Rage System Requirements Are Fittingly Barren

Rage System Requirements Are Fittingly Barren

Is your PC up for id Software’s version of a post-apocalypse? Can you play Rage as God and John Carmack intended? Why not check the Windows version’s system requirements, just in case you need a last minute hardware upgrade?

I’m thinking you’ll find Rage‘s minimum and recommended hardware requirements firm but fair, Kotaku readers. Let us know if you plan on picking up the PC version and please keep the Mac OS X release in your thoughts and prayers for people like me. Your cooperation is appreciated.

Without further ado, here are your Rage requirements, straight from Bethesda.


  • OS: Win XP SP3, Vista, Win 7
  • Processor: Intel Core 2 Duo or Equivalent AMD
  • Memory: 2GB
  • Hard Disk Space: 25GB
  • Video Card: GeForce 8800, Radeon HD 4200


  • OS: Win XP SP3, Vista, Win 7
  • Processor: Intel Core 2 Quad or Equivalent AMD
  • Memory: 4GB
  • Hard Disk Space: 25GB
  • Video Card: GeForce 9800 GTX, ATI Radeon HD 5550

Thanks for the heads up, Robert!


  • Sweet, my PC’s above the Recommended! 8D Still going to wait for reviews on this one though before I decide whether to buy it or not (and on what platform).

      • of course it does until we get to the next console generation any game that goes on console will basically have to have 8800GT as a min spec.

        • My brother has SLI 8800’s and its been hanging on for years lol. Lucky him. my xfire 5870’s though smash him 😛

      • I’m one step above you with a 9800. Best (and only) card I ever bought. Sure it can’t run Crysis or Metro at full spec, but everything else it’ll gun quite happily.

    • Don’t let it fool you, they have been working on this game for 6 years. Carmack is a firm believer in PC gaming and he’s said in interviews he hopes he’ll be able to release high res texture packs in the future.

      This game will still eat machines alive at the highest settings.

      • Also remembering Carmack’s amazing ability to produce wonderfully optimised game engines, i would have been surprised if the specs were any higher!

      • You forget that Carmack has spent the last 6 years praising the current console generation every chance he gets. He has openly said that he would love to get in on the sheep console sales….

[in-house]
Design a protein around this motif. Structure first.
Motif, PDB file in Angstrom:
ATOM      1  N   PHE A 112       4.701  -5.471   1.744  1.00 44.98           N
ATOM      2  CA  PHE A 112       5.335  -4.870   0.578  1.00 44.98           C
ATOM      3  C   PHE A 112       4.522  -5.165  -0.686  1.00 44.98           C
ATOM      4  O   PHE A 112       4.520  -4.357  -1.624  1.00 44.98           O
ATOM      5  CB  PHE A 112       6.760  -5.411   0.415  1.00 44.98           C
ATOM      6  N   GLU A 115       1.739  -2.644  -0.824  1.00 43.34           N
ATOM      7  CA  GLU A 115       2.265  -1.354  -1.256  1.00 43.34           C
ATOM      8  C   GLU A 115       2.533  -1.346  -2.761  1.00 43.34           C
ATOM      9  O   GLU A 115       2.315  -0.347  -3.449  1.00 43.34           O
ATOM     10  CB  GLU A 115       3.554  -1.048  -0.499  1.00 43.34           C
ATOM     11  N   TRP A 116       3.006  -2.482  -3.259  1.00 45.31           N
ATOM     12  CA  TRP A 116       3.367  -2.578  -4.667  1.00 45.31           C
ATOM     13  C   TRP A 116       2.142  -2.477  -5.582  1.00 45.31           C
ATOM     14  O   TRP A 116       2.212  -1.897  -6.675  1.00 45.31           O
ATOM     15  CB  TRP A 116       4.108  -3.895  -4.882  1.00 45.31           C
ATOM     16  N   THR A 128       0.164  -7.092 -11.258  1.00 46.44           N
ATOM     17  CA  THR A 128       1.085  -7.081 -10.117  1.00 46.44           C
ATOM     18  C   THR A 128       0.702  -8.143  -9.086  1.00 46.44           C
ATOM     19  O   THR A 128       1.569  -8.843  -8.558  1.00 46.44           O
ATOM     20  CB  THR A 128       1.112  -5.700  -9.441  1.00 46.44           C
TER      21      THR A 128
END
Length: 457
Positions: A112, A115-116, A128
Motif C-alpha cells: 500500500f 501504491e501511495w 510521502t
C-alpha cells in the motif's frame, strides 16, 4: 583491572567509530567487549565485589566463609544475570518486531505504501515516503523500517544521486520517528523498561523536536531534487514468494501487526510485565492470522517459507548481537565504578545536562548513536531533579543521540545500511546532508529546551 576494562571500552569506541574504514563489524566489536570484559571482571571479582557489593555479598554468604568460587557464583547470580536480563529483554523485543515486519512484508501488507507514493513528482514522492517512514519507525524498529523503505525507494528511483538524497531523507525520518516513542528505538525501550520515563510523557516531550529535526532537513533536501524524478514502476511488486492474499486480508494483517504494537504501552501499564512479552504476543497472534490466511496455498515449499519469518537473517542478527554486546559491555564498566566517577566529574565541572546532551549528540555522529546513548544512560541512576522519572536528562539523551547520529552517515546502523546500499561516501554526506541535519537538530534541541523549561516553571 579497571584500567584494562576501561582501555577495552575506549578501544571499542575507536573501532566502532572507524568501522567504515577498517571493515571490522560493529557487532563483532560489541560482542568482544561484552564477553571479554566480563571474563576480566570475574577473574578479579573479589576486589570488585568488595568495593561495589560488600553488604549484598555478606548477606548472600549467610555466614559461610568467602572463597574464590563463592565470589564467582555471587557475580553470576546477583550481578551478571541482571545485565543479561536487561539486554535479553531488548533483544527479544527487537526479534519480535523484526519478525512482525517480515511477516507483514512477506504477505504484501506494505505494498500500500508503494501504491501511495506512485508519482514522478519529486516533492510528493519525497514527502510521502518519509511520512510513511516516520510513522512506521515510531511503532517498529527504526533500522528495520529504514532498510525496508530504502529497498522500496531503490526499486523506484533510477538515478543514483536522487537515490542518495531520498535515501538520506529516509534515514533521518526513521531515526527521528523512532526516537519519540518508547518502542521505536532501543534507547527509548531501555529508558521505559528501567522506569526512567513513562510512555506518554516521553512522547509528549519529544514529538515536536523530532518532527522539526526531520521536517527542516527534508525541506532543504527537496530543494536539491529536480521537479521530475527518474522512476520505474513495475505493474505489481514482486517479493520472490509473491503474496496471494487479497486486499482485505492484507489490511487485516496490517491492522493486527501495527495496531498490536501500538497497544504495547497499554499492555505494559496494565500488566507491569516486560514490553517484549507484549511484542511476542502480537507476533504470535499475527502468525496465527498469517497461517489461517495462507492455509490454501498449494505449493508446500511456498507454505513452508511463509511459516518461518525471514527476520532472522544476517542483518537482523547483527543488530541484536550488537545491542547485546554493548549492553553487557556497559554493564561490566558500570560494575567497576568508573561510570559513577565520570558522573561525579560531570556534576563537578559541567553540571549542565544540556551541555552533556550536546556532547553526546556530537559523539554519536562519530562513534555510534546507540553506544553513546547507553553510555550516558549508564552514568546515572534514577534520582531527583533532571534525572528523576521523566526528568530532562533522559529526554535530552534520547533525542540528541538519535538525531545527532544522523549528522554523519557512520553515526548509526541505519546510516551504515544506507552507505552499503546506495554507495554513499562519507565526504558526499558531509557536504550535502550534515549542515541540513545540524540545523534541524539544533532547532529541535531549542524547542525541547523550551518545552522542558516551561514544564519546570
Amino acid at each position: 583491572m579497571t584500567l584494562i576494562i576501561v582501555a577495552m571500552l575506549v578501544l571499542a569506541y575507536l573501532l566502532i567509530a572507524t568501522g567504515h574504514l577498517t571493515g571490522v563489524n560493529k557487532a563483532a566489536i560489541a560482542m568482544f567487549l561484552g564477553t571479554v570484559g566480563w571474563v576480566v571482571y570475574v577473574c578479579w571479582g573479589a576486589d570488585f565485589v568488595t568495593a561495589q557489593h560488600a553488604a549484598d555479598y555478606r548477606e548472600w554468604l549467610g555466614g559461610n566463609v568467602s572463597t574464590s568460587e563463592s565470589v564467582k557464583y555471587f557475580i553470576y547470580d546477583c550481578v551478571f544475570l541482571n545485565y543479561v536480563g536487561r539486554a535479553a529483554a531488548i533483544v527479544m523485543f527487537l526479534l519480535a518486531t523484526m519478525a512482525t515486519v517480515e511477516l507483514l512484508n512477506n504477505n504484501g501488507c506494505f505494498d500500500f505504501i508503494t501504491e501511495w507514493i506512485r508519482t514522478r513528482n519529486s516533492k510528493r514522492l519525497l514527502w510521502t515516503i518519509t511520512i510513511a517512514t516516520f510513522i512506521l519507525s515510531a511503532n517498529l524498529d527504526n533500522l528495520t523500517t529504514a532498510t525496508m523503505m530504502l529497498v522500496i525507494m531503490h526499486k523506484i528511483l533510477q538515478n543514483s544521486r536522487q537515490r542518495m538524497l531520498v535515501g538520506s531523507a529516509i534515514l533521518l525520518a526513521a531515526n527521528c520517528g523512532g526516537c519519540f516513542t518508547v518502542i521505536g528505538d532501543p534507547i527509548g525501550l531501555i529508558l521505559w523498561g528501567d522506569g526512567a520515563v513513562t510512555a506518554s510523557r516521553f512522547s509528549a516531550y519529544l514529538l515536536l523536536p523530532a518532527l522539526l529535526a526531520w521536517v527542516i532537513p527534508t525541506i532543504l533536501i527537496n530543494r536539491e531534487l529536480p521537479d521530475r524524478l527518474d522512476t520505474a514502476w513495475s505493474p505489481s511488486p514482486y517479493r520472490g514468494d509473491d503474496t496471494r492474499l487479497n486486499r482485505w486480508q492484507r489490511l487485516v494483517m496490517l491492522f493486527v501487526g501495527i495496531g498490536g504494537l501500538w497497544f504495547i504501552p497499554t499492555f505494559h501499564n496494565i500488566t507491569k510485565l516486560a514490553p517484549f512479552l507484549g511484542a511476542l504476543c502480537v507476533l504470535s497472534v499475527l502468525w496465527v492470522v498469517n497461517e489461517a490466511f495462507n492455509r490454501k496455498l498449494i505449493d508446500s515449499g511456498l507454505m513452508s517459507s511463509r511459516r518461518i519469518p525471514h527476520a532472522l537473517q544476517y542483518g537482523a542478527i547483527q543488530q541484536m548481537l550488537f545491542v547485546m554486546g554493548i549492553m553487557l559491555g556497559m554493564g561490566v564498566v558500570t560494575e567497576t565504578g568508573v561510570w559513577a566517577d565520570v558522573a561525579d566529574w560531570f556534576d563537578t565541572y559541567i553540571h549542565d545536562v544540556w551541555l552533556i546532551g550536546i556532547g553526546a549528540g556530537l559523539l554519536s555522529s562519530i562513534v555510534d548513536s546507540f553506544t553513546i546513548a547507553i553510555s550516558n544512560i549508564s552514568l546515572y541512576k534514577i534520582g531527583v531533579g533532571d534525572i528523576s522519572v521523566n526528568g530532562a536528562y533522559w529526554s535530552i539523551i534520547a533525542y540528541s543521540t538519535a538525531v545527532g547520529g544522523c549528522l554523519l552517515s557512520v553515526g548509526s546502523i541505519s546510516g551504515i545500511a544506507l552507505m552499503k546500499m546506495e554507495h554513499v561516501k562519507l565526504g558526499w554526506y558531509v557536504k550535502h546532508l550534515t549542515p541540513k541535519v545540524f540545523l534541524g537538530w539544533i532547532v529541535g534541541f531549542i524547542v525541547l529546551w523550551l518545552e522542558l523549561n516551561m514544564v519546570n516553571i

It would not surprise me at all that when we finally get this game installed on our PC the first thing it will do is ask us to press start.

        • PS: The doom3 engine wasn’t exactly optimized either. It ran like a dog and could only do enclosed areas. Hence the reason it hasn’t been used extensively as a game engine base for any third party games as much as say the unreal engine of the same time period.

          • But Carmack has also stated he doesn’t make Id Tech to license out, and Unreal’s explosion in popularity is because they’re damn determined to get it out there and get everyone using it.

            Also, just out of curiosity how long was Doom 3 (and id tech 4(?)) under developemnt for?

          • I take that with a grain of salt. Game engines are effectively their own product, and requires a separate team of specialists. Companies rarely build engines without being open to the option of leasing.

          • I should clarify that and say that (or rather, Carmack says) that when they make the id Tech engines, they make it with the intent for making their game. With unreal, they’ve clearly spent a great, great deal of effort from day one making it as generic and user accesible as possible so any developer can use it. I think Carmack said in an interview that the licensing happened only because people came up them and asked if they could, and they were like, sure, why not. Where as Unreal is standing there yelling out how awesome their engine is (and deservedly so).

          • It was a PC game …not for retards. I remember it running badly, until I googled for which settings I should apply for my video card … some tweak about vertex rendering in the config file and it ran like magic.

            Also, the “only does enclosed areas” is kind of a cheap shot in hindsight. It was the first game to do nice dynamic lighting … that is like saying pong “didn’t even have realistic handles on the paddles”,

          • I seem to remember the recommended card for doom 3 when it came out was the 6600gt, which I recall was a completely middle of the road card at the time. It was capable of high settings at a decent (for the time) resolution.

    • Wouldn’t surprise me if the ‘recommended’ settings are what’s required to get this game running at console level. IE 1080P. But I’m sure for those of us running high end setups we’ll be able to ramp the detail well above the ‘recommended’ level for a great result.

      • thats what im thinking the 9800GTX isn’t a powerhouse card.

        in fact unless you were upgrading constantly you should basically have missed it. Since the 200 series came out 6 months after it.

        I really wish they would mention screen resolution when doing these thing’s.

    • The 9800 is pretty old but it was going out for cheap a while ago.. The 5550 is about a year and a half, but to see a mid range recommended I guess is fair, that wouldnt be for highest settings of course.

        • You would expect that, but then you remember that games don’t seem to be pushing PC hardware very hard at all lately. I am loathe to blame that solely on old consoles and PC’s getting ports but I don’t really see any other reason.

          It is kind of ironic that the only games that are PC exclusive and could push the boundaries, ie Blizzard and Valve games, are games that are specifically going to be made to look relatively simple to appeal to a greater audience or to prevent lag, ie Diablo 3 and DOTA2.

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